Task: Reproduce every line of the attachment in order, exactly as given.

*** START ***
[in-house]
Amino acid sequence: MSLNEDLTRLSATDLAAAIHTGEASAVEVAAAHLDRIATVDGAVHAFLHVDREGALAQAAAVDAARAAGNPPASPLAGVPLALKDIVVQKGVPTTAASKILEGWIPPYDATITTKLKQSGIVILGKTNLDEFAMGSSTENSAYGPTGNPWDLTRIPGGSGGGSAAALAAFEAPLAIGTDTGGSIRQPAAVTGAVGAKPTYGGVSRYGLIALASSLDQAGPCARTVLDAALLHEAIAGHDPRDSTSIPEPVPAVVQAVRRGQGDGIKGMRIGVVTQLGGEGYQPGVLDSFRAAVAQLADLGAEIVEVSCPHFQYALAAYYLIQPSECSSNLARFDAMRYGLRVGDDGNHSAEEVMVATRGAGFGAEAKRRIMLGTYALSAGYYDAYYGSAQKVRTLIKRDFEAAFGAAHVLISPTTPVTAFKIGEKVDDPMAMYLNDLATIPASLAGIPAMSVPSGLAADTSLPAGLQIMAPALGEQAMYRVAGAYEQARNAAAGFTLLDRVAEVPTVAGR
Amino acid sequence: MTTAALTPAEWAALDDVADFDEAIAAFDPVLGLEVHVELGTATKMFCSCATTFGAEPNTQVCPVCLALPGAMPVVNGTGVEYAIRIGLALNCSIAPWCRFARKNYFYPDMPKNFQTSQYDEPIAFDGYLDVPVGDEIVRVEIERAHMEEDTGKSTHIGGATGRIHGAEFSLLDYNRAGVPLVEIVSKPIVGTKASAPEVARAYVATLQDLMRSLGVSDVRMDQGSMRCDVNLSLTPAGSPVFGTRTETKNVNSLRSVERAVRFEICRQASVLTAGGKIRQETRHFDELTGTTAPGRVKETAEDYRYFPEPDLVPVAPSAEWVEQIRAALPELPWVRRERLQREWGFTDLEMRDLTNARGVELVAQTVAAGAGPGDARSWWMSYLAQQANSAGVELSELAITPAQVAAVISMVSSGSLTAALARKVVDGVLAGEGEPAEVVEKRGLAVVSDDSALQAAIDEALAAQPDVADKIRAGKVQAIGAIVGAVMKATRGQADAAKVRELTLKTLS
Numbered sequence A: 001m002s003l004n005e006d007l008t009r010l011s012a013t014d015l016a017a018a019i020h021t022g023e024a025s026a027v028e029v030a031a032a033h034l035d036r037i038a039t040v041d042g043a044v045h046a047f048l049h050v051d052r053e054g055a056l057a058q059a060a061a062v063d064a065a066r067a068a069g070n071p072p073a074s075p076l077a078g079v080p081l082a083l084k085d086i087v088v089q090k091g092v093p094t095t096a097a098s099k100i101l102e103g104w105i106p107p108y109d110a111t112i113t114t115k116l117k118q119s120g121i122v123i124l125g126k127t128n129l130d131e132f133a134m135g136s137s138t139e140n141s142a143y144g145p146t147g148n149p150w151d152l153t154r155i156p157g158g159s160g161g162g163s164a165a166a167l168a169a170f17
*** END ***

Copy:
[in-house]
Amino acid sequence: MSLNEDLTRLSATDLAAAIHTGEASAVEVAAAHLDRIATVDGAVHAFLHVDREGALAQAAAVDAARAAGNPPASPLAGVPLALKDIVVQKGVPTTAASKILEGWIPPYDATITTKLKQSGIVILGKTNLDEFAMGSSTENSAYGPTGNPWDLTRIPGGSGGGSAAALAAFEAPLAIGTDTGGSIRQPAAVTGAVGAKPTYGGVSRYGLIALASSLDQAGPCARTVLDAALLHEAIAGHDPRDSTSIPEPVPAVVQAVRRGQGDGIKGMRIGVVTQLGGEGYQPGVLDSFRAAVAQLADLGAEIVEVSCPHFQYALAAYYLIQPSECSSNLARFDAMRYGLRVGDDGNHSAEEVMVATRGAGFGAEAKRRIMLGTYALSAGYYDAYYGSAQKVRTLIKRDFEAAFGAAHVLISPTTPVTAFKIGEKVDDPMAMYLNDLATIPASLAGIPAMSVPSGLAADTSLPAGLQIMAPALGEQAMYRVAGAYEQARNAAAGFTLLDRVAEVPTVAGR
Amino acid sequence: MTTAALTPAEWAALDDVADFDEAIAAFDPVLGLEVHVELGTATKMFCSCATTFGAEPNTQVCPVCLALPGAMPVVNGTGVEYAIRIGLALNCSIAPWCRFARKNYFYPDMPKNFQTSQYDEPIAFDGYLDVPVGDEIVRVEIERAHMEEDTGKSTHIGGATGRIHGAEFSLLDYNRAGVPLVEIVSKPIVGTKASAPEVARAYVATLQDLMRSLGVSDVRMDQGSMRCDVNLSLTPAGSPVFGTRTETKNVNSLRSVERAVRFEICRQASVLTAGGKIRQETRHFDELTGTTAPGRVKETAEDYRYFPEPDLVPVAPSAEWVEQIRAALPELPWVRRERLQREWGFTDLEMRDLTNARGVELVAQTVAAGAGPGDARSWWMSYLAQQANSAGVELSELAITPAQVAAVISMVSSGSLTAALARKVVDGVLAGEGEPAEVVEKRGLAVVSDDSALQAAIDEALAAQPDVADKIRAGKVQAIGAIVGAVMKATRGQADAAKVRELTLKTLS
Numbered sequence A: 001m002s003l004n005e006d007l008t009r010l011s012a013t014d015l016a017a018a019i020h021t022g023e024a025s026a027v028e029v030a031a032a033h034l035d036r037i038a039t040v041d042g043a044v045h046a047f048l049h050v051d052r053e054g055a056l057a058q059a060a061a062v063d064a065a066r067a068a069g070n071p072p073a074s075p076l077a078g079v080p081l082a083l084k085d086i087v088v089q090k091g092v093p094t095t096a097a098s099k100i101l102e103g104w105i106p107p108y109d110a111t112i113t114t115k116l117k118q119s120g121i122v123i124l125g126k127t128n129l130d131e132f133a134m135g136s137s138t139e140n141s142a143y144g145p146t147g148n149p150w151d152l153t154r155i156p157g158g159s160g161g162g163s164a165a166a167l168a169a170f17